Once in Australia I was pretty sheltered, staying with friends. It was by no means the same backpacker life I had the first time, meeting travelers everywhere I went. By a strange twist of fate over the summer I had been at my hair salon in Vermont when I overheard a woman talking about going to Dubai. I turned and told her I would be there on the same dates. It turned out she worked for a company in NYC but worked from home in Vermont. I told her when I worked in NYC I had worked in that same building as her company. We started chatting and she gave me a contact at her office in Sydney. When I got there I called them and they had an opening and hired me. Trust me, I know that is a crazy way to get a job halfway around the world. She would call the office and I would answer and she would say, “Girl, you are so funny, I can’t believe you are there.”
The really great thing about this time around was I knew people already. I got to see my friends, the kids, Oscar the dog, live in a quiet little surf town in the Northern Beaches, turning into a bleach blonde at the beach every weekend, spending time with good friends from college who lived there going to sporting events in Melbourne and seeing the sites in Sydney when they came to visit.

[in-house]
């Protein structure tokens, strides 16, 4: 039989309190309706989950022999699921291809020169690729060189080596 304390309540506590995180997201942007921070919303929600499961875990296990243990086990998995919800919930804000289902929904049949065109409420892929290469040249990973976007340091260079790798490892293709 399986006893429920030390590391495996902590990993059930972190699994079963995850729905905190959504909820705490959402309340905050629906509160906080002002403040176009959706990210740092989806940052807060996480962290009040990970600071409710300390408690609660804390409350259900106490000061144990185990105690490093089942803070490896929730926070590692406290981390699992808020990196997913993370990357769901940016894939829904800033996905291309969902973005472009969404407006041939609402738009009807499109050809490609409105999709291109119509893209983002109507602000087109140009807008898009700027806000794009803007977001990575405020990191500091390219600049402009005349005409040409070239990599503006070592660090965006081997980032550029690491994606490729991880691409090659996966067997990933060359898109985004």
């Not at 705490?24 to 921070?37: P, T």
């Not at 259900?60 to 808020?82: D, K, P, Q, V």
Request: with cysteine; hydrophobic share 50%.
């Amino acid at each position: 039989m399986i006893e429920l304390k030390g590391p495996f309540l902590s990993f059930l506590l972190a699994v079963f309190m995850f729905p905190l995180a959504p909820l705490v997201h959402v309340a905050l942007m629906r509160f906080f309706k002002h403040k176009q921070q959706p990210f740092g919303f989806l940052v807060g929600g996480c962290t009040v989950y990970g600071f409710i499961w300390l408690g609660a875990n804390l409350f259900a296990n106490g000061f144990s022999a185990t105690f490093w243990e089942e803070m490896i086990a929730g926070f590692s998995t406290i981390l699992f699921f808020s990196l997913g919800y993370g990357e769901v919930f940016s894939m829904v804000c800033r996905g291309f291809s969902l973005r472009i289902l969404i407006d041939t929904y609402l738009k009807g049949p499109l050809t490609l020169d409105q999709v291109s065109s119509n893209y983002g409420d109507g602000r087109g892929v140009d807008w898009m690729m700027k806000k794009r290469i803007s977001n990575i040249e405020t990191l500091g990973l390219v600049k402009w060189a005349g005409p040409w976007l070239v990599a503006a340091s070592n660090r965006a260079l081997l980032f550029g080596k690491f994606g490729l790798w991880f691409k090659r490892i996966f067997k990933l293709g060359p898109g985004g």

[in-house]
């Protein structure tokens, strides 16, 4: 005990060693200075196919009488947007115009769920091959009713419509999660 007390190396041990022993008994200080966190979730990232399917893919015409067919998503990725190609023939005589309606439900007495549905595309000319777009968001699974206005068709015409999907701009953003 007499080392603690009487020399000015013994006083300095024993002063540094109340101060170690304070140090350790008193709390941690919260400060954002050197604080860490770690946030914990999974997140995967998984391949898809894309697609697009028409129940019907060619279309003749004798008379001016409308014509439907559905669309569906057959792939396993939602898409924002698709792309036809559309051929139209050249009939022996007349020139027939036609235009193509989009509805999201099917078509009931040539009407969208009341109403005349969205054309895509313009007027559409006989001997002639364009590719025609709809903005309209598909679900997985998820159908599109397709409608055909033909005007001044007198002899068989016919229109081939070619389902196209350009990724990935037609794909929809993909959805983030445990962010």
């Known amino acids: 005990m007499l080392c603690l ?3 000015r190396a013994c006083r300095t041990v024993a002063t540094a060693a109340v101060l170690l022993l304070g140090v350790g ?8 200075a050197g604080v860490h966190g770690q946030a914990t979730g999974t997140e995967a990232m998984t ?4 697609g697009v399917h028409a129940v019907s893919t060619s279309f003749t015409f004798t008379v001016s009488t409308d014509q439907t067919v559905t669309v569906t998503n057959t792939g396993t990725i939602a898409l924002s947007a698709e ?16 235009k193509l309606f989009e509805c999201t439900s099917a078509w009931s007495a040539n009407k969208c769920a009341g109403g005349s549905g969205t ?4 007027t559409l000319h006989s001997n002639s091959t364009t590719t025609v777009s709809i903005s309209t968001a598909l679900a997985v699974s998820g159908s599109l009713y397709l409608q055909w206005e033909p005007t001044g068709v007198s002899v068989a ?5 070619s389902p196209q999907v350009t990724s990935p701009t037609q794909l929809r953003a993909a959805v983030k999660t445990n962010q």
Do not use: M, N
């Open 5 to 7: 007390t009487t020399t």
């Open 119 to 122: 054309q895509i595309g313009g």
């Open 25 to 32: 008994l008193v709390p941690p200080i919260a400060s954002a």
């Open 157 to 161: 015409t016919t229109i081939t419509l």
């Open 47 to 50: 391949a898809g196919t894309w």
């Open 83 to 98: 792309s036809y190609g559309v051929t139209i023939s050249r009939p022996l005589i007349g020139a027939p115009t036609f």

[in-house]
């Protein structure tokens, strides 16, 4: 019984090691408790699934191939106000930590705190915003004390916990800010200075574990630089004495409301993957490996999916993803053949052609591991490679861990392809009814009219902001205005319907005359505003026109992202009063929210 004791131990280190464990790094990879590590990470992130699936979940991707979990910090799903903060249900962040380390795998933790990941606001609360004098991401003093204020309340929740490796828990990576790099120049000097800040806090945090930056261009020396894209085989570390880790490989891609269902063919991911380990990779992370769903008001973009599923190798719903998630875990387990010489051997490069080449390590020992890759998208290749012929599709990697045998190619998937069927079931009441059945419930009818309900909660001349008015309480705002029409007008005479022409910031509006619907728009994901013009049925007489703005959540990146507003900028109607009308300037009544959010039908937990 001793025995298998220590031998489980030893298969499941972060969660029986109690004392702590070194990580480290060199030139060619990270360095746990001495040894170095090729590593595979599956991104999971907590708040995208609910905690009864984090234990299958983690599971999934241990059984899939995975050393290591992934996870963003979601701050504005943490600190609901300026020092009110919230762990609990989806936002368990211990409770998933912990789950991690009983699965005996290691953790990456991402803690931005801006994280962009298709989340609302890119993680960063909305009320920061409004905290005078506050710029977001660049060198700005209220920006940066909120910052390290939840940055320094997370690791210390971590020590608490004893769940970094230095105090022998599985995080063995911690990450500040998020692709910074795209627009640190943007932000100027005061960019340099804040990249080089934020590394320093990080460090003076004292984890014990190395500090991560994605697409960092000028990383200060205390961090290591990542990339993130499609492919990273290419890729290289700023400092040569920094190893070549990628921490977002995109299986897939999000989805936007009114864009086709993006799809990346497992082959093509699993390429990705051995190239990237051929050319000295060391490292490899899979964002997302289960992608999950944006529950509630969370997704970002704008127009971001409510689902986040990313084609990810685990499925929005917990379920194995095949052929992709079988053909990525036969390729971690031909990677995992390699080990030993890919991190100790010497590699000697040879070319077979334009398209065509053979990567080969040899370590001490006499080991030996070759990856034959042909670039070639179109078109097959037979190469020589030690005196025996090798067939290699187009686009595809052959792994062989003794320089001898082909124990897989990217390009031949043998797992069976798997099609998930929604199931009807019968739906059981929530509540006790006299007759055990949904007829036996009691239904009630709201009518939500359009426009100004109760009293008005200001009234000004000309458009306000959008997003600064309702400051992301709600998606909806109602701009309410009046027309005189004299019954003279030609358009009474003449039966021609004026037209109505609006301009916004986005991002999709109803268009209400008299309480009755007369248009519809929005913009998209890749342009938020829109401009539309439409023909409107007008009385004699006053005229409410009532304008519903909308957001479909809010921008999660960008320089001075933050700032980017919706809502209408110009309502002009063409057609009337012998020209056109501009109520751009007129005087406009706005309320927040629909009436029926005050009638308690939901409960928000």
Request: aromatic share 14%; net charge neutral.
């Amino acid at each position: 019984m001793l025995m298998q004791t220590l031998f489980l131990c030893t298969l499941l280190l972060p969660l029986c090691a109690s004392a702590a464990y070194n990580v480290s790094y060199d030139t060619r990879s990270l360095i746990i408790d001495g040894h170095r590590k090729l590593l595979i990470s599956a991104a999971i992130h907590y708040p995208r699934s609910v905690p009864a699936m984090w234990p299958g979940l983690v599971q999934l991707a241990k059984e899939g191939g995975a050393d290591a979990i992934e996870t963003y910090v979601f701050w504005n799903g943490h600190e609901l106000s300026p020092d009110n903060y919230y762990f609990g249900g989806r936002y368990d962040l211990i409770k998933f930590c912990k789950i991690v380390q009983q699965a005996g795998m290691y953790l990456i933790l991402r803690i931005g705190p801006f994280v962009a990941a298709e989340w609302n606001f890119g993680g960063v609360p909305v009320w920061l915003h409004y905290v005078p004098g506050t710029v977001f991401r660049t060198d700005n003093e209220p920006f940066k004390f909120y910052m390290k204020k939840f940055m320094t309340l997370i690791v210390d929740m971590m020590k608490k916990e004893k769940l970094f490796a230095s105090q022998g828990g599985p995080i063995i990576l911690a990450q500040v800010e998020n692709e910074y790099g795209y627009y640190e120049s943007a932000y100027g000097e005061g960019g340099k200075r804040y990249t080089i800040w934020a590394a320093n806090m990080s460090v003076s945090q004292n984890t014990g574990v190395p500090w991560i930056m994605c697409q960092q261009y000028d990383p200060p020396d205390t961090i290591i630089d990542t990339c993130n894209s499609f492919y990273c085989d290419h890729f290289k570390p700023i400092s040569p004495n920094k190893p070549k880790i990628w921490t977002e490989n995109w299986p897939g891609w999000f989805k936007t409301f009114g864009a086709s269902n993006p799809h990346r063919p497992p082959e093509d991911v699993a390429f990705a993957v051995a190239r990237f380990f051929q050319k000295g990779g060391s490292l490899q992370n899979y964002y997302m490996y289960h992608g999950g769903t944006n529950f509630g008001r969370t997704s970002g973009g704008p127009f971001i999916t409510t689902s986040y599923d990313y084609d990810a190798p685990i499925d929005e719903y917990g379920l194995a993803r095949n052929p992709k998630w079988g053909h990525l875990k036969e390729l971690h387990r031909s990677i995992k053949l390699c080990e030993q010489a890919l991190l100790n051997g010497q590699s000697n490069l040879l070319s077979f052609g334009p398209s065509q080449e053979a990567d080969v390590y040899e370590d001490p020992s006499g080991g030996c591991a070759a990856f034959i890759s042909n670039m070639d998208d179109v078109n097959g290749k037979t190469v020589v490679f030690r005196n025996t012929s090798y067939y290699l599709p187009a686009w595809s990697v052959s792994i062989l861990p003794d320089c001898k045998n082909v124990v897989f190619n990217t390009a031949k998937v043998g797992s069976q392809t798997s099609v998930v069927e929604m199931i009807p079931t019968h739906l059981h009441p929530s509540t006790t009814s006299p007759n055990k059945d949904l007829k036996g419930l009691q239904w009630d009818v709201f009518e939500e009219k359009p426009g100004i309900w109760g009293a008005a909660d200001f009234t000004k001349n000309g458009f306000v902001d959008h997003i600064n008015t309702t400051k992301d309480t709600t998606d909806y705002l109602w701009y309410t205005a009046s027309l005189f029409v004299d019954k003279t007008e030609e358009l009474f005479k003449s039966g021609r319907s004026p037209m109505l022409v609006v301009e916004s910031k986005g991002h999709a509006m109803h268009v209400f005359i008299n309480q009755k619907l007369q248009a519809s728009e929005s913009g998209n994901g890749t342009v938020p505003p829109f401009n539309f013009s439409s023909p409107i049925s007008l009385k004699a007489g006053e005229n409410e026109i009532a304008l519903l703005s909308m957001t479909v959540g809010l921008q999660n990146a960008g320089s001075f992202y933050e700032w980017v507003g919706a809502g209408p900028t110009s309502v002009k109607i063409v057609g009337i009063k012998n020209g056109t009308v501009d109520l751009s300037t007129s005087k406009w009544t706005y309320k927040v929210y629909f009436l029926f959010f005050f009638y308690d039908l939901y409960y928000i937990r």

It was a dramatic switch from my days as a backpacker. I was not complaining. I did have a doozy of a commute, though. First I had to walk to the bus stop from the Pittwater side to the Ocean side of the peninsula. It was like walking thru a steamy jungle in summer, even at 6 am when I left, with the sounds of the kookaburras laughing at me. I always told everyone they sounded like monkeys. Nothing had changed, though, forget that I was insisting there were monkeys in Australia the kids, now cheeky tweens, made fun of how I pronounced “kookaburra”. They always made fun of how I spoke since I met them. Apparently I was saying it wrong. The bus was at the end of the route and took about 2 hours, so between walking and riding, for about 5 hours a day I was commuting. I enjoyed the down time for awhile staring off at the ocean as we came thru “the bends” of the peninsula and the iconic sites of the city as we crossed Sydney Harbour Bridge every day. Once again it was surreal to be here. But I was starting to hear at the office how people were being laid off, and things like “the US gets a cold and the world gets the flu”. When I arrived everyone’s questions were about what it was like in the US when the attack happened and the eerily quiet days that followed, but as time went on I started to hear more of this anti-American sentiment. Not anti-American necessarily so much as a building frustration to the economic impact of what this attack had that was unfolding. Meanwhile I went on the computer every day when I got to work hopeful for some sort of bright light in the news. Every single day I looked for it. I was sure something was going to happen quickly and change the mood of the world. Instead I started to hear jokes making fun of Americans told on my bus, and often. They didn’t know I was there and I kept my mouth shut because I was feeling hypersensitive about it. To drown this out I listened to the Dixie Chicks on repeat every single day. I never listened to anything else for months. I don’t remember why the Dixie Chicks, that is just what it was. It comforted me thru this growing feeling of homesickness. When my job offered to extend my visa I didn’t even think about it, I immediately knew it was time to go home. I didn’t know what I was going home to, but I knew I just wanted to go home. But don’t get me wrong, I bawled my eyes out saying good bye once again. It was bittersweet.